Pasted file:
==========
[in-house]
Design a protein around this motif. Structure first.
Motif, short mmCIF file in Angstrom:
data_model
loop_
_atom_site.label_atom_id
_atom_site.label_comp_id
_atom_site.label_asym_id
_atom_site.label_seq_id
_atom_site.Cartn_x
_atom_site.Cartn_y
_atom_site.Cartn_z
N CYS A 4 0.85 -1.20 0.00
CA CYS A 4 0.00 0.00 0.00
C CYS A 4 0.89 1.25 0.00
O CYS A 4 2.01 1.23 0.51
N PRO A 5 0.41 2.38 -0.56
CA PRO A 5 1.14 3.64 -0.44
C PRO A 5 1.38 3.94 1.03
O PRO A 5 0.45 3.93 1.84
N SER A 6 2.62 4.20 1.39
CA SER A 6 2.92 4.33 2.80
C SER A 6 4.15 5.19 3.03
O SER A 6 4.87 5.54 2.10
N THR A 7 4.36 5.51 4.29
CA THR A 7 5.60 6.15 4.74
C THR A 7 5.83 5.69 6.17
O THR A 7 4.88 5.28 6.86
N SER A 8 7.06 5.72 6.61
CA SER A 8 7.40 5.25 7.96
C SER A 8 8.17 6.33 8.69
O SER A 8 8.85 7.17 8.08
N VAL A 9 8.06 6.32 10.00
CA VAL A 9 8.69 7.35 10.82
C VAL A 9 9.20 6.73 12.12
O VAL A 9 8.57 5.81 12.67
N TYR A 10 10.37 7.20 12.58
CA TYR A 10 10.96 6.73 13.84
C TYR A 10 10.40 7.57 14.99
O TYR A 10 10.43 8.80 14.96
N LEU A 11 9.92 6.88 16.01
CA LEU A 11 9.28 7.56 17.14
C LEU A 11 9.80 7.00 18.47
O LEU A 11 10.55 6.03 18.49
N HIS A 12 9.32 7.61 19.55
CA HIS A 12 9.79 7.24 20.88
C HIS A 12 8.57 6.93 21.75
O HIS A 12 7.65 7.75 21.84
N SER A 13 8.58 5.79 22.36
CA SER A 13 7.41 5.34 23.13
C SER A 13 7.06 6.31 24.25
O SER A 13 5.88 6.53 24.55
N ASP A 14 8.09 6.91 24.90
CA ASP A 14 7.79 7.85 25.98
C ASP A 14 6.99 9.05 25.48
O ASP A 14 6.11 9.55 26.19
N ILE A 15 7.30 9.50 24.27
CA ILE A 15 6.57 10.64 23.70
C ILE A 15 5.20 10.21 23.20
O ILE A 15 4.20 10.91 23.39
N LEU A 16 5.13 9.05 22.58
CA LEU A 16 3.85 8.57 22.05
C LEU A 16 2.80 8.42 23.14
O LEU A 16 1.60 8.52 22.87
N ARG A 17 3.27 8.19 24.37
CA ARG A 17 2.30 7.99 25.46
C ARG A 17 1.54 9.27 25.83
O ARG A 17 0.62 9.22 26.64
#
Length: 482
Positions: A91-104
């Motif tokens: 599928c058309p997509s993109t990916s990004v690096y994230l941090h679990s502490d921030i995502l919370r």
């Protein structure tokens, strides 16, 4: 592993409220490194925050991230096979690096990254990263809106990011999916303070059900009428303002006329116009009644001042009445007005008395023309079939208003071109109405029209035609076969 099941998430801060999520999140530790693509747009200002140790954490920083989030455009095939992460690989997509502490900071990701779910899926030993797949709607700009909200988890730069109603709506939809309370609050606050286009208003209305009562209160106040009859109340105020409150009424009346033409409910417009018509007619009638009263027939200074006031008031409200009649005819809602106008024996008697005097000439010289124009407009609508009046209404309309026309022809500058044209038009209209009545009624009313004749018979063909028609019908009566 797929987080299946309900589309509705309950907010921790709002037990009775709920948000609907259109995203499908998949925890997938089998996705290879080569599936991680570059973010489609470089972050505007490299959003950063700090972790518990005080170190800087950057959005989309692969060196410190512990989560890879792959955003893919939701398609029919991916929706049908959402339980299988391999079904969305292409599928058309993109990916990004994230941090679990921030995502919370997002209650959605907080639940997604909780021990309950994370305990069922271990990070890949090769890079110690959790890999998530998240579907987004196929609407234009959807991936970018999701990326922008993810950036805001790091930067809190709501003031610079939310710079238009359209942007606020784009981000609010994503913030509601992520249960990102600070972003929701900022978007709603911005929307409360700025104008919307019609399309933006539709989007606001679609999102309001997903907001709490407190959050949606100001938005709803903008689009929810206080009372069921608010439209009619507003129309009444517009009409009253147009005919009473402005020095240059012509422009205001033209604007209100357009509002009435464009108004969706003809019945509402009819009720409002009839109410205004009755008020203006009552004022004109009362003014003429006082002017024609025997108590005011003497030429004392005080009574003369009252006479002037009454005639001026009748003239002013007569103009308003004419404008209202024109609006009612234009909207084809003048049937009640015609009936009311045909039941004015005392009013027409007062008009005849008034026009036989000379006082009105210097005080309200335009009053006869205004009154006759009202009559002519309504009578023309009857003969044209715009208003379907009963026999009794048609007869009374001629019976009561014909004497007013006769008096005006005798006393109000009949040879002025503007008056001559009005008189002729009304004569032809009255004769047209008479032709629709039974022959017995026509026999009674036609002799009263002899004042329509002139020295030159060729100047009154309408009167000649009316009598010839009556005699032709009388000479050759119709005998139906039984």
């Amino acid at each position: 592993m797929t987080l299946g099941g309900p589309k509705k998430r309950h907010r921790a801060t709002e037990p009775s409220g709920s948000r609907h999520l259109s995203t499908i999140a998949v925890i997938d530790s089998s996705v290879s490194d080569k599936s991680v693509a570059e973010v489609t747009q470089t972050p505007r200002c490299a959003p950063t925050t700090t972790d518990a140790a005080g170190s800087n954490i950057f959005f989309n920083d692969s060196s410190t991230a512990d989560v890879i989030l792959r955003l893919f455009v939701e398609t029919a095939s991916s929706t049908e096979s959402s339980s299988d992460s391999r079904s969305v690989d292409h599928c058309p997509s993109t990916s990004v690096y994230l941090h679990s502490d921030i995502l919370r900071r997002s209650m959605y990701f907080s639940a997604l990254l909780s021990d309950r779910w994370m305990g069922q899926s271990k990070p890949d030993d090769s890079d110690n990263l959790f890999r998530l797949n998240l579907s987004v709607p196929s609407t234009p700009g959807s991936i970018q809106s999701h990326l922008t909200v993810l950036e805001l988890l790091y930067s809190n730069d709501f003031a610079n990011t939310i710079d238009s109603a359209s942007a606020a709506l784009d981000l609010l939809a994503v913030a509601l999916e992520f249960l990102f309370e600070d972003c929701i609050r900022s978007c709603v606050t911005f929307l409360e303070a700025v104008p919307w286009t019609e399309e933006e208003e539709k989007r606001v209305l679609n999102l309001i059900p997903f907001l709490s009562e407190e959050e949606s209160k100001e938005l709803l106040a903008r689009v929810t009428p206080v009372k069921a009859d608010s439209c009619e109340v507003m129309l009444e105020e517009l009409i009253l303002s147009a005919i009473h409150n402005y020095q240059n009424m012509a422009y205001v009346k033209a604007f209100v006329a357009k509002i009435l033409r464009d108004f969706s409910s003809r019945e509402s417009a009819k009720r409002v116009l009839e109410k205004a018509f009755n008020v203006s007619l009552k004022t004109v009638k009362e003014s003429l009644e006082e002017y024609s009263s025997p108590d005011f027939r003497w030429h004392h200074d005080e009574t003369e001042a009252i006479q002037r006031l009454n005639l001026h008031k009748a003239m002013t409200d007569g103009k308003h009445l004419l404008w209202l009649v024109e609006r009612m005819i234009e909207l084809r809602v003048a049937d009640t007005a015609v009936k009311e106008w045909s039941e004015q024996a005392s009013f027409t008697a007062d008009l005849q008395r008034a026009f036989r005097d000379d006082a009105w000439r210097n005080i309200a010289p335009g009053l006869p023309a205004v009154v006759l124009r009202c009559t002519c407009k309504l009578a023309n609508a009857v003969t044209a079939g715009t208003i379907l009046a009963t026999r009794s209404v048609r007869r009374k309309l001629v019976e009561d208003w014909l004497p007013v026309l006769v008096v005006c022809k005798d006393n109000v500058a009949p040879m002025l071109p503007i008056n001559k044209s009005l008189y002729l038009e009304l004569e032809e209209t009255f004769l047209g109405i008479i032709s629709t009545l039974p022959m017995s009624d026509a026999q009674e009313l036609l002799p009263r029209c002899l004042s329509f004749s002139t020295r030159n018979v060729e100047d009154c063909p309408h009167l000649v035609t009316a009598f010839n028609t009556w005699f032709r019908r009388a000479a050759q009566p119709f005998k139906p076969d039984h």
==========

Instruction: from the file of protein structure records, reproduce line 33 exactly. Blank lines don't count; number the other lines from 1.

N VAL A 9 8.06 6.32 10.00